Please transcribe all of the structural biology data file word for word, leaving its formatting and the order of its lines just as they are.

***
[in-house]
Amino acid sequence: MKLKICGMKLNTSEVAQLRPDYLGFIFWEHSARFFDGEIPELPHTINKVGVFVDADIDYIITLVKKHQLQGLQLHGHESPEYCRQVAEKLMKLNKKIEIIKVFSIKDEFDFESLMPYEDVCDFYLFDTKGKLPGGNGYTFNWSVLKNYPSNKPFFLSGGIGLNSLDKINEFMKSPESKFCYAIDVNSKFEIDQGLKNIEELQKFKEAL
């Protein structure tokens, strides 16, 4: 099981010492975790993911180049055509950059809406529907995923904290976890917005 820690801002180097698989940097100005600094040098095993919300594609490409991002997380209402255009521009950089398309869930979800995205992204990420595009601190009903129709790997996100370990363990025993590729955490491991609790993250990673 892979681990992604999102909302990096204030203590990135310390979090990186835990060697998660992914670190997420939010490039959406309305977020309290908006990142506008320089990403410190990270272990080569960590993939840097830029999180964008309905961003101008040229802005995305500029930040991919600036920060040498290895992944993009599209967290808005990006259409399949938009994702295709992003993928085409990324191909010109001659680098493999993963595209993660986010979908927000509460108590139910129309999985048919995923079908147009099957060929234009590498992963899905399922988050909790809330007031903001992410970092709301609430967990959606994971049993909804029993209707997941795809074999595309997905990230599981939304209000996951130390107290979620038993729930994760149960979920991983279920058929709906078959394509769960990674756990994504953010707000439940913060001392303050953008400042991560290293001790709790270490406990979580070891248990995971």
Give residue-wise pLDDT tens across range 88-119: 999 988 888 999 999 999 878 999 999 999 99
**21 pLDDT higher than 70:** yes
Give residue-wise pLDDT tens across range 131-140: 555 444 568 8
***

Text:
[in-house]
Amino acid sequence: MKLKICGMKLNTSEVAQLRPDYLGFIFWEHSARFFDGEIPELPHTINKVGVFVDADIDYIITLVKKHQLQGLQLHGHESPEYCRQVAEKLMKLNKKIEIIKVFSIKDEFDFESLMPYEDVCDFYLFDTKGKLPGGNGYTFNWSVLKNYPSNKPFFLSGGIGLNSLDKINEFMKSPESKFCYAIDVNSKFEIDQGLKNIEELQKFKEAL
């Protein structure tokens, strides 16, 4: 099981010492975790993911180049055509950059809406529907995923904290976890917005 820690801002180097698989940097100005600094040098095993919300594609490409991002997380209402255009521009950089398309869930979800995205992204990420595009601190009903129709790997996100370990363990025993590729955490491991609790993250990673 892979681990992604999102909302990096204030203590990135310390979090990186835990060697998660992914670190997420939010490039959406309305977020309290908006990142506008320089990403410190990270272990080569960590993939840097830029999180964008309905961003101008040229802005995305500029930040991919600036920060040498290895992944993009599209967290808005990006259409399949938009994702295709992003993928085409990324191909010109001659680098493999993963595209993660986010979908927000509460108590139910129309999985048919995923079908147009099957060929234009590498992963899905399922988050909790809330007031903001992410970092709301609430967990959606994971049993909804029993209707997941795809074999595309997905990230599981939304209000996951130390107290979620038993729930994760149960979920991983279920058929709906078959394509769960990674756990994504953010707000439940913060001392303050953008400042991560290293001790709790270490406990979580070891248990995971």
Give residue-wise pLDDT tens across range 88-119: 999 988 888 999 999 999 878 999 999 999 99
**21 pLDDT higher than 70:** yes
Give residue-wise pLDDT tens across range 131-140: 555 444 568 8